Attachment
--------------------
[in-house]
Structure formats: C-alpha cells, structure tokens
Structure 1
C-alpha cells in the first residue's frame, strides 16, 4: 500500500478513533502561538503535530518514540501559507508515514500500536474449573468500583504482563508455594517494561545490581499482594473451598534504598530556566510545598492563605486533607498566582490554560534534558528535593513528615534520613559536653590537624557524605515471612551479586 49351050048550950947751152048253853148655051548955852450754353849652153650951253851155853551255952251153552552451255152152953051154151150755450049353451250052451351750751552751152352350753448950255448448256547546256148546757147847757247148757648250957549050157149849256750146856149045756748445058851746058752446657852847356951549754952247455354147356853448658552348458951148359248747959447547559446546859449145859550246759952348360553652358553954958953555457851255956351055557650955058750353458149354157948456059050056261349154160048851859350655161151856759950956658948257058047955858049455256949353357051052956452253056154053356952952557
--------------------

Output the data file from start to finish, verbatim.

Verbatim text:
[in-house]
Structure formats: C-alpha cells, structure tokens
Structure 1
C-alpha cells in the first residue's frame, strides 16, 4: 500500500478513533502561538503535530518514540501559507508515514500500536474449573468500583504482563508455594517494561545490581499482594473451598534504598530556566510545598492563605486533607498566582490554560534534558528535593513528615534520613559536653590537624557524605515471612551479586 49351050048550950947751152048253853148655051548955852450754353849652153650951253851155853551255952251153552552451255152152953051154151150755450049353451250052451351750751552751152352350753448950255448448256547546256148546757147847757247148757648250957549050157149849256750146856149045756748445058851746058752446657852847356951549754952247455354147356853448658552348458951148359248747959447547559446546859449145859550246759952348360553652358553954958953555457851255956351055557650955058750353458149354157948456059050056261349154160048851859350655161151856759950956658948257058047955858049455256949353357051052956452253056154053356952952557